When my son, Norrin, was diagnosed with autism my mom told me, "you don't have to tell everyone about it. It's no one's business." I just didn't see the point of keeping it a secret. From the beginning, I was open about it, willing to talk and answer questions. And as a blogger, I really open myself up for discussion — and scrutiny. Having a child with autism, people often have questions and opinions about what my life is like as a parent. Our parenting is often judged. From other parents, to family members, dealing with the Department of Education to the moments that matter most… here are some common reactions you may have seen from an autism mom like me.
1. On your way to (another) meeting with school district...
Meeting with the school district to discuss your child's needs and services can be stressful. But no matter how you're feeling you, you go prepared and you have your game face on.
2. How you feel when you've gotten every service you requested...
Dealing with the school district is never easy; you're basically sitting in a room full of strangers who feel they're best suited to determine the needs of your child — sometimes without actually knowing your child. Walking out victorious is worthy of a dance.
3. When your mother-in-law or some other family member says, "All your kid needs is a few months with me and I'll straighten them out."
Autism isn't something that can be beaten out of our kids or "straightened out." So if that's what you think, please keep your opinions to yourself. Thank you.
4. When a parent of a typical kid says, "Oh, that's all kids."
If my kid is having difficulty sitting down to do his homework, or separating from me, or potty training, it's not just a "kid" thing. It's often an autism thing. So don't dismiss our concerns because they are often a little more complicated.
5. When you see another online article about autism and what it may be linked to.
It seems like every other week there's some new study claiming to discover the autism link. I think the last one I read was linking autism to circumcised boys. (P.S. My son has autism and isn't circumcised.) These studies do nothing to serve our community in any way — except to scare new parents.
6. When someone says, "You really should teach them how to..."
As if we haven't tried to teach our kids how to [fill in the blank]. As if it's that easy to teach a child with autism something. But that person giving them their words of wisdom? Bless their heart...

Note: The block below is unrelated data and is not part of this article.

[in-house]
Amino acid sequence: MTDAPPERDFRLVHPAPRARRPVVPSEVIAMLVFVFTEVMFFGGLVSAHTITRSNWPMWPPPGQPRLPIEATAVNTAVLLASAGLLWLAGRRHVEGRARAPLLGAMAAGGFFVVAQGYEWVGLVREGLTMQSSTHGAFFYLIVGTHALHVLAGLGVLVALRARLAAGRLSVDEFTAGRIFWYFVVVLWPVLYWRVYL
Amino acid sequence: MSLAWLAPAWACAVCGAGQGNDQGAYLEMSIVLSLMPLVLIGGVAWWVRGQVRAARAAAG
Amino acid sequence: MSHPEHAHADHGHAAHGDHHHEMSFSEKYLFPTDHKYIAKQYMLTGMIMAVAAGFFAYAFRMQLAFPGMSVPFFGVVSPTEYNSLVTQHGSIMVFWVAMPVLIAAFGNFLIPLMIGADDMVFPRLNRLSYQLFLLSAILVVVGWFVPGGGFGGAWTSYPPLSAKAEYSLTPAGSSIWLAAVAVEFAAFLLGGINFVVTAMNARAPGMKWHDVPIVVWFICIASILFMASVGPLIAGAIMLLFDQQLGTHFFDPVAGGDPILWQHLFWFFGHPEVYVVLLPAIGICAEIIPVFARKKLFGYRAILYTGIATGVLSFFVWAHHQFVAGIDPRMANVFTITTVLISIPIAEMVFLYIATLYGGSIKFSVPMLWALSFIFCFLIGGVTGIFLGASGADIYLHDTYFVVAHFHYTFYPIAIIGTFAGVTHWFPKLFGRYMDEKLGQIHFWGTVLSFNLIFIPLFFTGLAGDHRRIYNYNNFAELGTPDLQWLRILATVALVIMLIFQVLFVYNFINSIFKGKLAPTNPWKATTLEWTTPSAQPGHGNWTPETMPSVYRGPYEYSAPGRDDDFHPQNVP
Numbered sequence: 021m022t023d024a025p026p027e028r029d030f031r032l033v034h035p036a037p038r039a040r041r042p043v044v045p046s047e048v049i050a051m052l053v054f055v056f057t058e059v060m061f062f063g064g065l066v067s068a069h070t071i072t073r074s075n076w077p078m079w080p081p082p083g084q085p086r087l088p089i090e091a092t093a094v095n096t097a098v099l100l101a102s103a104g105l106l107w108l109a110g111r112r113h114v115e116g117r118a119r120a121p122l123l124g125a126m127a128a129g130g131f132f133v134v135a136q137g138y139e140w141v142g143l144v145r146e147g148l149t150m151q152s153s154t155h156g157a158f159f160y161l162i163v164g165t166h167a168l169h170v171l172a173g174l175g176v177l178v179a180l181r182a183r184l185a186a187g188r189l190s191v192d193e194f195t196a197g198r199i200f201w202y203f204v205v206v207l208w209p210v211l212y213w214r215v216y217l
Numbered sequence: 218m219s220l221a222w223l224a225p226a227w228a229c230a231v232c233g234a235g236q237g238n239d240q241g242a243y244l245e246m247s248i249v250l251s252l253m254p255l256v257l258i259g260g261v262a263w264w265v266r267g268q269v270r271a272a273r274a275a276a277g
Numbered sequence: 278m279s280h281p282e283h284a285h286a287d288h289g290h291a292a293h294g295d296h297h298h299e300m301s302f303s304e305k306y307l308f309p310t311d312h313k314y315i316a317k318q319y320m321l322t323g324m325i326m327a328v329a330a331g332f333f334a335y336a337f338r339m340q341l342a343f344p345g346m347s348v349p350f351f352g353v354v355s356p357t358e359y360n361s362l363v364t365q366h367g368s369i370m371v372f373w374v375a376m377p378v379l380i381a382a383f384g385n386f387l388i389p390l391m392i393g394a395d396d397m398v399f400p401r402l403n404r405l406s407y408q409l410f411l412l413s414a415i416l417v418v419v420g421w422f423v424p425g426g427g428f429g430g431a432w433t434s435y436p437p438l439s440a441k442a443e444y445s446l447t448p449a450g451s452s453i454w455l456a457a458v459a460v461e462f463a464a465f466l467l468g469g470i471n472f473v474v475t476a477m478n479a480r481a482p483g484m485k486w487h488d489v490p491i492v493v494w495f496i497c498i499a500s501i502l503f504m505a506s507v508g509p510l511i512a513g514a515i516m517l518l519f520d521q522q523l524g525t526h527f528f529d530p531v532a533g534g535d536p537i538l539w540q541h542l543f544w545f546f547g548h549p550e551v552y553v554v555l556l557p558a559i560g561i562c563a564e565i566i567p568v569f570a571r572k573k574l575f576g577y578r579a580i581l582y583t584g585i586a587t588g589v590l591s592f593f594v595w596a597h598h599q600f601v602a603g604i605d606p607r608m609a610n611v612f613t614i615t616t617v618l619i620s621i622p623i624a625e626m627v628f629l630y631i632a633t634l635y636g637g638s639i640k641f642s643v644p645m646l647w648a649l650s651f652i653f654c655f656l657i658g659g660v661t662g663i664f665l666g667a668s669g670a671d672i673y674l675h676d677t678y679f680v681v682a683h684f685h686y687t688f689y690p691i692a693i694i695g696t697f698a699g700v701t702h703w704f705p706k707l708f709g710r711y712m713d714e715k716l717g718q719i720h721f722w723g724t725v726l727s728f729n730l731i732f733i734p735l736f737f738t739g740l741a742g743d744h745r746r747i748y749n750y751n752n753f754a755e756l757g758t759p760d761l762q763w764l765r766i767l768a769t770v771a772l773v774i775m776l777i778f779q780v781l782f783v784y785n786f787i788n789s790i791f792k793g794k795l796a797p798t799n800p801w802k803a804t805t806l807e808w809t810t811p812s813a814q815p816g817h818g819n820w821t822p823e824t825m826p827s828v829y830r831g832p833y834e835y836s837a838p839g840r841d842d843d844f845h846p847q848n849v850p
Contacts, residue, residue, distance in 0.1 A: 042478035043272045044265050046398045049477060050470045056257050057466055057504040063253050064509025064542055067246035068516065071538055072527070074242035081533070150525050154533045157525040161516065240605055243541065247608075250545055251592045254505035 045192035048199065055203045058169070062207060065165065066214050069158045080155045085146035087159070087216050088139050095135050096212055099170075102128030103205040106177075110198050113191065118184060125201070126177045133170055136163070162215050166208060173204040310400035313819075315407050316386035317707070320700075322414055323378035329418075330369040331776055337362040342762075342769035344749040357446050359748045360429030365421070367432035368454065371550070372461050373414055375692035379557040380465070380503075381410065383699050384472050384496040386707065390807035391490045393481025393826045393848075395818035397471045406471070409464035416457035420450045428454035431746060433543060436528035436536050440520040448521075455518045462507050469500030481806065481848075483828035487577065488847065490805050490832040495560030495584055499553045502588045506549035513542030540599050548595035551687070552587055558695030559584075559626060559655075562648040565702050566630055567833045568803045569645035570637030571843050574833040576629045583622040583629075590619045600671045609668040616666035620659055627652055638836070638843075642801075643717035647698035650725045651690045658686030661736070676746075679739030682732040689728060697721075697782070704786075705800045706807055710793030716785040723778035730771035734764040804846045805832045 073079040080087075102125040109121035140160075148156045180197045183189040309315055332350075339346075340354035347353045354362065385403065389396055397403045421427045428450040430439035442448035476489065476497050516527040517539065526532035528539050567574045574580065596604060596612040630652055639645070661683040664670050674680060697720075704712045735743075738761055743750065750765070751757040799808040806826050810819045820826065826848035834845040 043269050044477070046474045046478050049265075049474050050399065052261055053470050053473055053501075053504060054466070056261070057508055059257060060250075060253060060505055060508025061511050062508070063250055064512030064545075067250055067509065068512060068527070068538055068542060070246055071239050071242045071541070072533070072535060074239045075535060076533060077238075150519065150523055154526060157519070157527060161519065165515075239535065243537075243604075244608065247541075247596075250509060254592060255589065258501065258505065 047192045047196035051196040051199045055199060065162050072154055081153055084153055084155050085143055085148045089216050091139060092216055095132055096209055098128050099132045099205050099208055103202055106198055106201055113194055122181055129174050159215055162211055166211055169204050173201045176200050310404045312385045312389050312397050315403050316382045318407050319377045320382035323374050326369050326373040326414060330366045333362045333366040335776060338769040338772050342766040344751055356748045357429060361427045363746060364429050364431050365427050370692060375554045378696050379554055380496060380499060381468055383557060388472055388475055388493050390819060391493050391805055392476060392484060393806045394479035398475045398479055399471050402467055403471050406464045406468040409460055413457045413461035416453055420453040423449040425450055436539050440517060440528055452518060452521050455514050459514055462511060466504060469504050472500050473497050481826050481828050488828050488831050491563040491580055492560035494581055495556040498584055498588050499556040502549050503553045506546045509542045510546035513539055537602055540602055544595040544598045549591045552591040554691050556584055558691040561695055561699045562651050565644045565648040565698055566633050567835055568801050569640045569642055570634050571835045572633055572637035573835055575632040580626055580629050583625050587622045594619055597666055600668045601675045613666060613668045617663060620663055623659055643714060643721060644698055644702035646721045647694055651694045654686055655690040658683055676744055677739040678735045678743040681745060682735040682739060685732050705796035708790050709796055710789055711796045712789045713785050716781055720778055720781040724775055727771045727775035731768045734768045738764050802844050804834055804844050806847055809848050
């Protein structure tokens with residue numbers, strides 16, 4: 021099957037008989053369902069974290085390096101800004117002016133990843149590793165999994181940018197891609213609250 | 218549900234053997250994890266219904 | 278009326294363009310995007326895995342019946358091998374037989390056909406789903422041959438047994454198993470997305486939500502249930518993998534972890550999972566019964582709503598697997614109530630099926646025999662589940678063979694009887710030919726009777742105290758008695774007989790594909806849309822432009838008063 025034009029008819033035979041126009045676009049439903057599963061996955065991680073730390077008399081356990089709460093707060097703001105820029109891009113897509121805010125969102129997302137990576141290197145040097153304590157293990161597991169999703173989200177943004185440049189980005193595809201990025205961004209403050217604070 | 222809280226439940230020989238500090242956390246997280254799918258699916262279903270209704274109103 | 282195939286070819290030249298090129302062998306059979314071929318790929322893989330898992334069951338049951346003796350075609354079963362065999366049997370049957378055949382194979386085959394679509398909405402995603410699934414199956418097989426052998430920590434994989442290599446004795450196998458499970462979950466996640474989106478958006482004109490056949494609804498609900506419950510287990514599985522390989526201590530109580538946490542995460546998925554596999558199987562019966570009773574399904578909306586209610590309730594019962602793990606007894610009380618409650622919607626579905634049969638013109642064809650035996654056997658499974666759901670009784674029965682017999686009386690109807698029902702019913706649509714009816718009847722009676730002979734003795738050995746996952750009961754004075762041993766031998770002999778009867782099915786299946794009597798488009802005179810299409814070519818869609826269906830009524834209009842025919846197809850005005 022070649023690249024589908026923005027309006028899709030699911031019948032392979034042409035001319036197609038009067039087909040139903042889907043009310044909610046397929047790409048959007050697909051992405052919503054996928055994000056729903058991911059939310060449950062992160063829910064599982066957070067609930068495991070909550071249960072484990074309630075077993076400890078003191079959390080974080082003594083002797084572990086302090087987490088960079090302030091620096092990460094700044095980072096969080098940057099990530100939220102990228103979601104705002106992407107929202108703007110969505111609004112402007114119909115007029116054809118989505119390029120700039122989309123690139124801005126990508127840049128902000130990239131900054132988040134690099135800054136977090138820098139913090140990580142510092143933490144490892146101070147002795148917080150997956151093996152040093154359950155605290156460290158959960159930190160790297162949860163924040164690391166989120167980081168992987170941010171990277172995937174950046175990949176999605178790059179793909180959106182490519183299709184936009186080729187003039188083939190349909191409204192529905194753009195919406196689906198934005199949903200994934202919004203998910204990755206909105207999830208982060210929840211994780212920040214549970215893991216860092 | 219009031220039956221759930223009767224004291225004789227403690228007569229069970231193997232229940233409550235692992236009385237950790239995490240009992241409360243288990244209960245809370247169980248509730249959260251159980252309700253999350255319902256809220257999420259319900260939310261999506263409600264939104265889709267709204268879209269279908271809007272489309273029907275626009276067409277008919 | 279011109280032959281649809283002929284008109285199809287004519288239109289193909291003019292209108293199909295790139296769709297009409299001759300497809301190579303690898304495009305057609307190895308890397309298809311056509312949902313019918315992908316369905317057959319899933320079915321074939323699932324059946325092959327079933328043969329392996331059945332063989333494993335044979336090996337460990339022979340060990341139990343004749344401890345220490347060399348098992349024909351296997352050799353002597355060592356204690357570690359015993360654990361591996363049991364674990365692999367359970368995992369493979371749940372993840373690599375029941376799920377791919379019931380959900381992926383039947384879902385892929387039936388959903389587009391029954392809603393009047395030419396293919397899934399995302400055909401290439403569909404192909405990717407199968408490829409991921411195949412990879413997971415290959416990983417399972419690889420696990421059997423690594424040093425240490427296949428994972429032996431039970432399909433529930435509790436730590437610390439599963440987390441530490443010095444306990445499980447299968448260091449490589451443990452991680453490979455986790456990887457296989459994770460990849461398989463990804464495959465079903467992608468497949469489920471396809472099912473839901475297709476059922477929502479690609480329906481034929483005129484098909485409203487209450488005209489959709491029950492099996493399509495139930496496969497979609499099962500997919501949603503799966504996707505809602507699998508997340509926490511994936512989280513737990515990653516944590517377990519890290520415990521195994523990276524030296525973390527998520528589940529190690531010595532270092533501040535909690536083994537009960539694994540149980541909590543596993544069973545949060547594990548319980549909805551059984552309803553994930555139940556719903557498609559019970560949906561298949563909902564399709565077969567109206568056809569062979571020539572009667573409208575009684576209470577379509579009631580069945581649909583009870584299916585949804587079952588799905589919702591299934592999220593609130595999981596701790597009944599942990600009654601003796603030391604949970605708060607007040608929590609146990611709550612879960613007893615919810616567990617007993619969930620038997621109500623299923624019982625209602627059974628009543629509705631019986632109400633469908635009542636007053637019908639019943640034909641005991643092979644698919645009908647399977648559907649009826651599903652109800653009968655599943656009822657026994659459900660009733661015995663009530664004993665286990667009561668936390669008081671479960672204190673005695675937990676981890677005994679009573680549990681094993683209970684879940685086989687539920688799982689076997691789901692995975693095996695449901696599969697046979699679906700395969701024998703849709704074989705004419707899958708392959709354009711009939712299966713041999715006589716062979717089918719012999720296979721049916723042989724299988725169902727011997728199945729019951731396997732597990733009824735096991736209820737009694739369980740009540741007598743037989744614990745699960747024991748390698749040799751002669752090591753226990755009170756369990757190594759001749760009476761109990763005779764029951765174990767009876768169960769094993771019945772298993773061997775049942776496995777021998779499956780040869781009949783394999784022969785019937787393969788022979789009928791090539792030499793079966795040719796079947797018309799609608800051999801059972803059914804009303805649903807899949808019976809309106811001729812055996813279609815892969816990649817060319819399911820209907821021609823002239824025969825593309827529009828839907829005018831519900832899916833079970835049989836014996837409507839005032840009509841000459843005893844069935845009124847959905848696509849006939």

7. "Are you sure? Your kid doesn't look autistic."
This person is trying to give your kid a compliment by pretty much saying your kid looks normal. Autism doesn't look like anything but they don't know that… so you just smile and say that yes, you are quite sure.
8. When someone uses the R-word or makes a joke about kids on the short bus.
There is nothing cool or funny about using disability as the punch line or as a insult. And if you know I have a special needs kid and you use this language, be prepared for what I will say next.
9. When someone says, "Oh I saw that Temple Grandin movie. Have you seen that yet? You should."
People who don't always understand autism want a way to connect. It's nice. But most autism parents have heard of Temple Grandin. They've probably read her book and have seen her biopic or have chosen not to. The reality is, not every kid with autism will grow up to become a Temple; they won't even come close. And that's OK.
10. "Do you think the vaccines have anything to do with your child's autism?"
NO. No, no, no. Nope! Because nothing makes an autism parent feel better than being blamed. And for the record, vaccines do not cause autism. Please educate yourself.
11. "Aren't you scared to have another baby? What if that one has autism, too?"
Yes — there WILL be someone who asks you this question. During my second pregnancy, I got this question a lot. I had a miscarriage at 16 weeks. If I ever got pregnant again, it wouldn't be autism that I'd fear.
12. When your child does something for the first time.
Having a child with autism, you watch them struggle to achieve the things that come so easily to their peers. When you see them do something for the first time, you know the work they put into it. So you laugh, you cry, you clap and tell everyone you know.